Robin Hood was the most famous outlaw of the Middle Ages, yet very little is known about him. Indeed, it is not even certain that he existed at all, or whether he was many different people. Most of the evidence we have about Robin comes from stories and songs passed on by word of mouth. The earliest written mention of Robin comes in the late fourteenth century. In the early sixteenth century the stories and songs were collected together in a book called A Gest of Robyn Hode. From this book, the familiar legend of the noble outiaw, living in Sherwood Forest and robbing the rich to give to the poor, was developed.
The remarkable thing about this legend is how popular it has remained over the centuries, right up to the present day. How likely, though, is it that the Robin Hood stories are about someone who really existed?
A map showing places mentioned in the sources
A picture of Robin Hood from a book called Bold Robin Hood and his Outlaw Band: Their Famous Exploits in Sherwood Forest'. published in 1912.
Source B From A Gest of Robyn Hode, published in the early 16th century
early Sixteenth century.
About this time (the II90s) there flourished those most famous robbers, Robert Hood, an Englishman, and Little John, who lay in wait in the woods but robbed only people who were wealthy. They killed only those who attacked them or who resisted them by refusing to give up their possessions. Robert was supported in his plundering by one hundred bowmen. The achievements of this Robert are told in song all over Britain. The robberies of this man I condemn but of all robbers he was the kindest and most gentle.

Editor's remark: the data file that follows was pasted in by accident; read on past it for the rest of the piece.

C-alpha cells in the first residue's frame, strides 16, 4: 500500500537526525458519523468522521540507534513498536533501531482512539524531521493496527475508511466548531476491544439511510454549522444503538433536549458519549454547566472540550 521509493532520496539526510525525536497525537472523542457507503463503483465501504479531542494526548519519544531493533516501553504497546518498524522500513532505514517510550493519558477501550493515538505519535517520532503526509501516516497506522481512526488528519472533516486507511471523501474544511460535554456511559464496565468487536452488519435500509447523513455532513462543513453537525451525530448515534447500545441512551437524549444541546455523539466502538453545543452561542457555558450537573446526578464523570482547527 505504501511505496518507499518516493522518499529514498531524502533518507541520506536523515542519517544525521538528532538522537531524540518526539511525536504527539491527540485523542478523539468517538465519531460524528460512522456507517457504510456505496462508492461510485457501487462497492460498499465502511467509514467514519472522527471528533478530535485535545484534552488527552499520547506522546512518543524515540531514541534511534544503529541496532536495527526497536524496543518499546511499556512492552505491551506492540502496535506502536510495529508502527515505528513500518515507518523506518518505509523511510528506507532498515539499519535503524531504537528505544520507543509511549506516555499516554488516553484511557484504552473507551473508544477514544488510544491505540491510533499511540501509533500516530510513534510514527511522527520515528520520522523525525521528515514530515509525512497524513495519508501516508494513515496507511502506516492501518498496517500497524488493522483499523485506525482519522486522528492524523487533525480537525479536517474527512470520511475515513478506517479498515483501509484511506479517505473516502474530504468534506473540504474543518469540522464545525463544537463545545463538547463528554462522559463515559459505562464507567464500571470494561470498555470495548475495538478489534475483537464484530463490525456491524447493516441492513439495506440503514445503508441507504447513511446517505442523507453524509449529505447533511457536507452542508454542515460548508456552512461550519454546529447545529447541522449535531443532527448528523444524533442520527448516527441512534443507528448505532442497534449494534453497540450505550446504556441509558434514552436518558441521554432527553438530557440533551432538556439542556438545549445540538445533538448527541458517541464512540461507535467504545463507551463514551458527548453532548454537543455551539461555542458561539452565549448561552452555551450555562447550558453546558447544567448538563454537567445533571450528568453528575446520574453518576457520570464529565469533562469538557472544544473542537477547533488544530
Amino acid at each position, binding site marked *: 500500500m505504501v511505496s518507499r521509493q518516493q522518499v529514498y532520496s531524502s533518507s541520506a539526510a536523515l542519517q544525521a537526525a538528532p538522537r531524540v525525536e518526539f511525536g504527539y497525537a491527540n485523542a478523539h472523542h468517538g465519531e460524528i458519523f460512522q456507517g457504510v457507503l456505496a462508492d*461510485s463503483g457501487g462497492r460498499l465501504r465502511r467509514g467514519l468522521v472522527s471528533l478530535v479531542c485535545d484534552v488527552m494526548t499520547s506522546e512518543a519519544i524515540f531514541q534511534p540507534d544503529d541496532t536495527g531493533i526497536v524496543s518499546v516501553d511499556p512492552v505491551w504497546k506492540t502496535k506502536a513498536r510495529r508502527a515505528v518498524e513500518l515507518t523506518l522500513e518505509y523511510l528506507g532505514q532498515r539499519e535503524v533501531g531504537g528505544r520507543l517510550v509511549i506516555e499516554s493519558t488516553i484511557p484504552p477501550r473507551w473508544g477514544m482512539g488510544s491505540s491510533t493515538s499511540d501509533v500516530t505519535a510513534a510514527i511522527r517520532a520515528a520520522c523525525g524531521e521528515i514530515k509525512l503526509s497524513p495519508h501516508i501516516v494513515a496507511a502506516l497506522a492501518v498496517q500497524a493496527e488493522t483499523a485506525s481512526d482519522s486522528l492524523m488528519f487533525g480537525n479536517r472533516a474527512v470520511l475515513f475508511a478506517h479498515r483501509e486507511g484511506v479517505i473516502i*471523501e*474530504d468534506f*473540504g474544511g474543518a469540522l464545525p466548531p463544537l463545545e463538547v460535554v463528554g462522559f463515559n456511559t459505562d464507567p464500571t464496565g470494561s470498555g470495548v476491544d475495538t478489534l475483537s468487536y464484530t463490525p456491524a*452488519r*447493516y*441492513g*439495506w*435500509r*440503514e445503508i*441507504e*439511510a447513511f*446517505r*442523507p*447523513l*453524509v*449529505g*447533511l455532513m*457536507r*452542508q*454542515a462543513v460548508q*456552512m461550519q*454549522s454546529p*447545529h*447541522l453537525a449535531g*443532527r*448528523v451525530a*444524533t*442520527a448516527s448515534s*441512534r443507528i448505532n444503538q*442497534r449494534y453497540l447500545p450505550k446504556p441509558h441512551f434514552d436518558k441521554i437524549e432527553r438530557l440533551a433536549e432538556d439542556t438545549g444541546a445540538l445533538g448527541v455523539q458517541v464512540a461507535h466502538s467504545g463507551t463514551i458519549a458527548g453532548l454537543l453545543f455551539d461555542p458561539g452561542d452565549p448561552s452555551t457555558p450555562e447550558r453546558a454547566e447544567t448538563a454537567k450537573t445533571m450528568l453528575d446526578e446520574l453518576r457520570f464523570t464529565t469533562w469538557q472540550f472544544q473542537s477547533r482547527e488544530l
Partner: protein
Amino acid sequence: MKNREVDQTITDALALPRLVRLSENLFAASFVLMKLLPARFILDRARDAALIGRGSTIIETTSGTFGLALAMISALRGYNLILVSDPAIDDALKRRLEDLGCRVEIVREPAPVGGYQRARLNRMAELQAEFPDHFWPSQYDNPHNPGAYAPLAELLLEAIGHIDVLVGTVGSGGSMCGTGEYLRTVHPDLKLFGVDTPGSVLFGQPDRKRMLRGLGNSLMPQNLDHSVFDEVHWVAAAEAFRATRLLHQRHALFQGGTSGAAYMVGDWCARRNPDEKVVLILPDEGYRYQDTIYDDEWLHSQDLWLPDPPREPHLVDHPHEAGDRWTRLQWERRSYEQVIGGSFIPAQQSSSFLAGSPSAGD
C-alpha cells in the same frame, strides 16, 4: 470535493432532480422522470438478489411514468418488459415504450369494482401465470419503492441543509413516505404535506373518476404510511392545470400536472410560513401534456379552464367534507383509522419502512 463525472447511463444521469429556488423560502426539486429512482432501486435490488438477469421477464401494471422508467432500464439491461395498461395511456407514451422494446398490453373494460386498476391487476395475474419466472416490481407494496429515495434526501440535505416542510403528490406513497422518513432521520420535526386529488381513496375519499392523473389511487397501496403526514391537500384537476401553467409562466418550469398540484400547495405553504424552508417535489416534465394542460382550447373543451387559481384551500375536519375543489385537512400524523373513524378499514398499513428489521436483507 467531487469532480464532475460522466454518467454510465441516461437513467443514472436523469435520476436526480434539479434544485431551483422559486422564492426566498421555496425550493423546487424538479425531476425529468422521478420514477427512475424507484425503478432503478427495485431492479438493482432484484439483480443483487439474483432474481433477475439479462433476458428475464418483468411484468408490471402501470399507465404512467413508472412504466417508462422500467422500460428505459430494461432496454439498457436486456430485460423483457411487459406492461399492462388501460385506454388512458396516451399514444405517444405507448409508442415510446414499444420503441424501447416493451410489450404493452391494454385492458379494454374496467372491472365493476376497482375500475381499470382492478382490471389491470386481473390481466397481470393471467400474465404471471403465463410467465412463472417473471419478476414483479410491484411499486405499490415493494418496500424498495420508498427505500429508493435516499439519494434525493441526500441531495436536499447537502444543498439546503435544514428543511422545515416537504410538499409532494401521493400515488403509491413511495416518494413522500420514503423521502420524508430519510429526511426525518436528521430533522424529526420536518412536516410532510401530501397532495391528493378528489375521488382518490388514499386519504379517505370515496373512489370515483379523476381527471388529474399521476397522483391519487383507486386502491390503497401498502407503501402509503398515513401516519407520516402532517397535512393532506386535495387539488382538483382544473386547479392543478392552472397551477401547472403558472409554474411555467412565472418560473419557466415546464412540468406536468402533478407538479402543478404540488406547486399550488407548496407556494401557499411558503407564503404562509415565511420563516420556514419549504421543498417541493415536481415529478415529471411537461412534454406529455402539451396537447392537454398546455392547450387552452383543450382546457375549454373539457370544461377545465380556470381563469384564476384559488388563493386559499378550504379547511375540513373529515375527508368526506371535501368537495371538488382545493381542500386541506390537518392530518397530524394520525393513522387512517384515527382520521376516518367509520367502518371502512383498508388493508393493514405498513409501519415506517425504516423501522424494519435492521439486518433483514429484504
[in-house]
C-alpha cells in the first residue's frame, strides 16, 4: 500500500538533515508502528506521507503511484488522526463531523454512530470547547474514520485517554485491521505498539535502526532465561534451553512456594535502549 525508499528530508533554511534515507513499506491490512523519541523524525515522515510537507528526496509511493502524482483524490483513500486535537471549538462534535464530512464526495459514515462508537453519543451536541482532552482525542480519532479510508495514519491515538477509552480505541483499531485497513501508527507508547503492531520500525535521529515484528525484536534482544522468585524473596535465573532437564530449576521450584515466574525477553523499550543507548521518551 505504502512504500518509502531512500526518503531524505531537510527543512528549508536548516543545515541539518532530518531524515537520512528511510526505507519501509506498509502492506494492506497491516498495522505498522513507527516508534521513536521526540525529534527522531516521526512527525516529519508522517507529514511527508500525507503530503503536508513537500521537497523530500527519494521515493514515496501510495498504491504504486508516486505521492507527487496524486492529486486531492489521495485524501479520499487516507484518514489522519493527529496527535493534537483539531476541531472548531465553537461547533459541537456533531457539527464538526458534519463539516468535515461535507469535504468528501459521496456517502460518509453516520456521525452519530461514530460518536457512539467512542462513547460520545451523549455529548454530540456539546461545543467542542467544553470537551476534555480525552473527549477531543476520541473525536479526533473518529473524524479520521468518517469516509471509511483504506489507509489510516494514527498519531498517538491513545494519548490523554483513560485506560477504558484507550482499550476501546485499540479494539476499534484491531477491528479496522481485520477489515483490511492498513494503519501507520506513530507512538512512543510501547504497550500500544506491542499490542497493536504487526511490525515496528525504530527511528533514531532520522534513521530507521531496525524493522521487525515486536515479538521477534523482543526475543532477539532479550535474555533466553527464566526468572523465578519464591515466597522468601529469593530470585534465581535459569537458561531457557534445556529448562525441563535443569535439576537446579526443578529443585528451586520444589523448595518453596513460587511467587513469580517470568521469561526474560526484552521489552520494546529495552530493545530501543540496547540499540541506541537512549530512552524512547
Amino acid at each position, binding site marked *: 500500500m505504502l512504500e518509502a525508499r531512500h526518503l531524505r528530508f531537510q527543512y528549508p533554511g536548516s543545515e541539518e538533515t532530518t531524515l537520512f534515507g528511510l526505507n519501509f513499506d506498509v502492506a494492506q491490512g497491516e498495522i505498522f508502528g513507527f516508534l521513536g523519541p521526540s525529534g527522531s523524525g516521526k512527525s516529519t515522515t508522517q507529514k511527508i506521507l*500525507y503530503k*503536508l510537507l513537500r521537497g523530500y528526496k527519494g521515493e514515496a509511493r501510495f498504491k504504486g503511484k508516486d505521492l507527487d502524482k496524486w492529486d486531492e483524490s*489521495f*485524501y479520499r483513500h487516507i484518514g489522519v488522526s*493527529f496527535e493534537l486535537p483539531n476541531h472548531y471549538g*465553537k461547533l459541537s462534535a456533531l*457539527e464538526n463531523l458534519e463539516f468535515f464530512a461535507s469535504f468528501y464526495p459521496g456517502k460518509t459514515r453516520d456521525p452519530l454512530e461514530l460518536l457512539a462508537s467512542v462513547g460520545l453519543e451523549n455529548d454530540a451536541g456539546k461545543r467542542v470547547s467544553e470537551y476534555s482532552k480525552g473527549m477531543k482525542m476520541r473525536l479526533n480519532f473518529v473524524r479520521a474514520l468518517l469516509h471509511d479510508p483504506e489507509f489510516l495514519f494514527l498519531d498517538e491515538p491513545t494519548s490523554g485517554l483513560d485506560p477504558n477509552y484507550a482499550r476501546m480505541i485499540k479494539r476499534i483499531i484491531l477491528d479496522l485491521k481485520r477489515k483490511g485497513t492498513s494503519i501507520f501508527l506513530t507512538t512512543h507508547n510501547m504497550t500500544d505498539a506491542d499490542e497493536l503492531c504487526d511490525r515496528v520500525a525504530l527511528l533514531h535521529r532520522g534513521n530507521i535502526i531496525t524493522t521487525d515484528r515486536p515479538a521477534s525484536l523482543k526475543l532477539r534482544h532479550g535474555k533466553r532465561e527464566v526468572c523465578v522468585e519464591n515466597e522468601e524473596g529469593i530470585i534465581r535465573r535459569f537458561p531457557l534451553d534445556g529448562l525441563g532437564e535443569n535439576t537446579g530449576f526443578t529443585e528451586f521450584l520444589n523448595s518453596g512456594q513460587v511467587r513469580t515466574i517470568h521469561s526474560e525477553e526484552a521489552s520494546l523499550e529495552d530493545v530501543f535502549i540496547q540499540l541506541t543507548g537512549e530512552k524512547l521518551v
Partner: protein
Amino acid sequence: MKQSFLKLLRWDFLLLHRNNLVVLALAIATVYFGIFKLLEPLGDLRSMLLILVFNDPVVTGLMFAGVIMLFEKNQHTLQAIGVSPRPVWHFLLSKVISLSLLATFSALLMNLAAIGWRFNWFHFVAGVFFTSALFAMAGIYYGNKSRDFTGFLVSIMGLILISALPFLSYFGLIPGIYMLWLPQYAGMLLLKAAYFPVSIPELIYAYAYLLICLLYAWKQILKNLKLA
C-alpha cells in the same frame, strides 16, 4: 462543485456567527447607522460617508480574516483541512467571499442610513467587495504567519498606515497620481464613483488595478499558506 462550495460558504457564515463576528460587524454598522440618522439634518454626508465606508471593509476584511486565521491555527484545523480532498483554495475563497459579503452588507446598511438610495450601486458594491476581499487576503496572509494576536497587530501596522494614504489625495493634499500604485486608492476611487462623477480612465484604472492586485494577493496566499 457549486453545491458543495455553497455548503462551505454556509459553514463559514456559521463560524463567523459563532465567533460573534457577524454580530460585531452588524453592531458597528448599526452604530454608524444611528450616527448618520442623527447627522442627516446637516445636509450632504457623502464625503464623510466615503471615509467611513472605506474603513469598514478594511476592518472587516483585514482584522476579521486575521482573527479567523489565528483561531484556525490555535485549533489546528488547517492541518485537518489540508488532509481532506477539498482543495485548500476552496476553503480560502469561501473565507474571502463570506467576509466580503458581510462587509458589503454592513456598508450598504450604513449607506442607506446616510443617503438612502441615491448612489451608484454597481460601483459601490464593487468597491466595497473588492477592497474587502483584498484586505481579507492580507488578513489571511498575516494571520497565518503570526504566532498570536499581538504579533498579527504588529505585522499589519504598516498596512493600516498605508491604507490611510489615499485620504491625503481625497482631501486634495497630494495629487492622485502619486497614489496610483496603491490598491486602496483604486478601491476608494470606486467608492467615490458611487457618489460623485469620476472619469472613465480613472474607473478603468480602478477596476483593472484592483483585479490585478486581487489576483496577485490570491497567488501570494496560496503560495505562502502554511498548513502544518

From a History of Great Britain written by a Scottish historian and published in 1521.
There can be little doubt that the name Robin Hood originally belonged to a mythical forest-elf, who was important in English and in Scottish folk-lore. The name was afterwards used in English stories and songs from the twelfth to the fifteenth centuries, mostly in the North and the Midlands. In these tales, any robber leader who made his home in the forests or moors, excelled in archery, defied the unpopular forest laws and thus attracted the sympathy of the ordinary people, was called Robin Hood.
The entry for Robin Hood in the Dictionary of National Biography'. published in 1891.
It does not matter whether Robin Hood ever existed, and if so whether he lived in the thirteenth or fourteenth century. What concerns us is what people believed. The carefree life of Robin's outlaws in the forests so unlike the dangerous and miserable existence of real outlaws, may represent the ideal kind of life that the audiences of the stories would have liked to live. The forest was always seen in their imaginations as a place of freedom.
A British historian writing about Robin Hood in 1996. Questions
Study source A
What impressions of Robin Hood does this source give you? Use the source to explain your answer 
2. Study source B
How far does this source approve of Robin Hood? Use the source to explain your answer 
3. Study Source C
How useful is this source as evidence about Robin Hood? Use the source to explain your answer 
4 Study Source D.
Is this picture reliable as evidence about where Robin Hood was buried? Use the source and your knowledge to explain your answer. 
5 Study Sources E and F.
How similar are these two sources as evidence about Robin Hood? Use the sources and your knowledge to explain your answer 
6 Study all the sources.
Do these sources show that Robin Hood was a real person? Use the sources and your knowledge to explain your answer. Remember to identify the sources you use.